You’ve surely heard the biggest cliche of all when it comes to the cancellation of EAA AirVenture Oshkosh this year, and if you’re like me, you’re probably used it too, though it fails to adequately represent the feeling.
That commonplace refrain is, of course, that even though we’ll be missing this year’s show, we’ll just have to make next year’s edition the best show yet. Yeah, yeah. I don’t want to hear it. I’m too sad about missing this year’s fly-in. It sucks that it’s not being held, and that is not to say that EAA shouldn’t have canceled it. The huge spikes in the virus that we’ve seen the last few weeks underscore the wisdom of the decision. Had they held the fly-in this year, I wouldn’t have gone.
None of this means that we don’t miss the show. We all do. I’ve been to every show since 1991, and the first many of those I attended with my late father, a pilot and an expert in vintage aviation. It was the best time we had together, maybe ever. We both loved it.
And many of you have similar backstories to your Oshkosh, reasons why it’s so special and important to you. Those stories matter. And missing the show, again, is just a bad thing. Even those who don’t like to show it are mourning. We all are.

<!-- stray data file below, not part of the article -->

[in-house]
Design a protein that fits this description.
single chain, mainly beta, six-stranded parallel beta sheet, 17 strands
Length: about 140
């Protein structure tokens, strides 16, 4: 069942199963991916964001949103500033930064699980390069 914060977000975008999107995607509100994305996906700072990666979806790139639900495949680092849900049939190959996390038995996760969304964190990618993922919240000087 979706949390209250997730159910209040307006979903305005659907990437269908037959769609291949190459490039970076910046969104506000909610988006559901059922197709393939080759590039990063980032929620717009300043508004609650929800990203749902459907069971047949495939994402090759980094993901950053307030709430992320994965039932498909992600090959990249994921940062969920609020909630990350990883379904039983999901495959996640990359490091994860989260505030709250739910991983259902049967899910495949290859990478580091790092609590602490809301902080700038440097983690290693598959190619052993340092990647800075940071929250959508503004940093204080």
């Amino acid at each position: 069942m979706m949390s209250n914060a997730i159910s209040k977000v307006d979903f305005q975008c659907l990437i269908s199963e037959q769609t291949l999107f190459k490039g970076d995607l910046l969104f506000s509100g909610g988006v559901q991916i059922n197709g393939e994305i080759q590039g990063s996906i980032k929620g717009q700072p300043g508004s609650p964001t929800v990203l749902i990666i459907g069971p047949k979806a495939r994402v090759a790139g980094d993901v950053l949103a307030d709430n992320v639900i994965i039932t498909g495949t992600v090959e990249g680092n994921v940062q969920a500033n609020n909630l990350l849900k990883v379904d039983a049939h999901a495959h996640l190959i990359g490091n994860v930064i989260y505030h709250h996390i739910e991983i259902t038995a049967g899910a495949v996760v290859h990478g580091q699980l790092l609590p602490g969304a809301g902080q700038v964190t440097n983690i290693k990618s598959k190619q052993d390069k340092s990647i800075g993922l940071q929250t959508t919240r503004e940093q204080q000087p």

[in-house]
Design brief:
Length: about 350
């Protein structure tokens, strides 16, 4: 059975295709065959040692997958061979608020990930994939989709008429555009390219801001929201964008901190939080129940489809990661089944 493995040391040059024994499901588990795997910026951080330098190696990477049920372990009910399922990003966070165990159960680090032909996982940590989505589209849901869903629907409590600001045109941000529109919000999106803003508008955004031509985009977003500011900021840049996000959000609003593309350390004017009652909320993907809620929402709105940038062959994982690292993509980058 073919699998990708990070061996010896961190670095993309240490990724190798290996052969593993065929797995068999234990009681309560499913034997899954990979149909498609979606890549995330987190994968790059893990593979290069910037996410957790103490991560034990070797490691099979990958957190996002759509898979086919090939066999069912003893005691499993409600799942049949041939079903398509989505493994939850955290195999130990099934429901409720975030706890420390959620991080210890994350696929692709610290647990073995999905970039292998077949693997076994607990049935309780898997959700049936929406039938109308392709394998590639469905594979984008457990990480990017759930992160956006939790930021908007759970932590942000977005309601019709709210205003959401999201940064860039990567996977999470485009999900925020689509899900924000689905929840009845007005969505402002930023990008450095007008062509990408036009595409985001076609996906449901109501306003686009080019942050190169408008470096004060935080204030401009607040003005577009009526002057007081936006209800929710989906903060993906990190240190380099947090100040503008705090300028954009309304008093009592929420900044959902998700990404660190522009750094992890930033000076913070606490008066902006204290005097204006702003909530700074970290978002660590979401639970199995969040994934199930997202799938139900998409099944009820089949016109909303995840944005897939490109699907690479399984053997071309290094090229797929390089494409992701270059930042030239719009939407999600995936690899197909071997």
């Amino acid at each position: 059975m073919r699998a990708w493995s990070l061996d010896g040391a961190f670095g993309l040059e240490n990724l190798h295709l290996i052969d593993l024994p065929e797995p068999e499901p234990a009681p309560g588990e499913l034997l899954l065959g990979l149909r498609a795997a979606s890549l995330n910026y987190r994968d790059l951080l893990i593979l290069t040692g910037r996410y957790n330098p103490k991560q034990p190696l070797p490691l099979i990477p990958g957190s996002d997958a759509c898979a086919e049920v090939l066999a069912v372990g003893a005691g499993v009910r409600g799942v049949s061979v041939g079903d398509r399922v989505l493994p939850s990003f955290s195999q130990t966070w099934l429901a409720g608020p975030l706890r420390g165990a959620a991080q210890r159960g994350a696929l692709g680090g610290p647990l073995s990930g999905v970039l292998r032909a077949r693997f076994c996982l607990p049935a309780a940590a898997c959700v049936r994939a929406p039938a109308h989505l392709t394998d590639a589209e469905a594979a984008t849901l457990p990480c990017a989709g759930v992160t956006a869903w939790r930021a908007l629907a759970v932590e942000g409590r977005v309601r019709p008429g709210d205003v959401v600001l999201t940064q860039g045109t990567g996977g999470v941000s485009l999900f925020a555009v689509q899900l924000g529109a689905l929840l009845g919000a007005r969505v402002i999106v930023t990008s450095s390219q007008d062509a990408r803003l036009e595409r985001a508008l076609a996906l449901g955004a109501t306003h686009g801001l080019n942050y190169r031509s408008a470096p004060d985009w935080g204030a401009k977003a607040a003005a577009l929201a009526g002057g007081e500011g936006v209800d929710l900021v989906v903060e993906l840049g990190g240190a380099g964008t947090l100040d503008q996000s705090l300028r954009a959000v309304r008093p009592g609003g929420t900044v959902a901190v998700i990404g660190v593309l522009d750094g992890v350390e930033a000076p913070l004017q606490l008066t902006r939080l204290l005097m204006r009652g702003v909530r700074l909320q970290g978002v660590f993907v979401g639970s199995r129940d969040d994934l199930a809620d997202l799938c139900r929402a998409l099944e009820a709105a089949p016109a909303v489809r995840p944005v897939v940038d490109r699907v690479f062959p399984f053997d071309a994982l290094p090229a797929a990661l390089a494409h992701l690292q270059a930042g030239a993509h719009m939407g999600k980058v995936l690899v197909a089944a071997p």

The event is a huge one, not just for those of us who love to attend but for so many businesses that depend on AirVenture for sales and PR and product launches, all of which have greater impact at Wittman Field under sunny summer skies (when the weather gods smile upon us) than they do or could possibly have at any other week on the calendar or spot on the globe. The huge positive business impact that OSH has for aviation isn’t written about much, including by me, but it’s very real and important to all of us.
We’ll make it through. That’s one thing I stopped worrying about many weeks ago. Will 2021 be the best OSH yet? I hope so. I do know one thing though. It will be the one where we’re all happiest to be there. I can see those future smiles from here.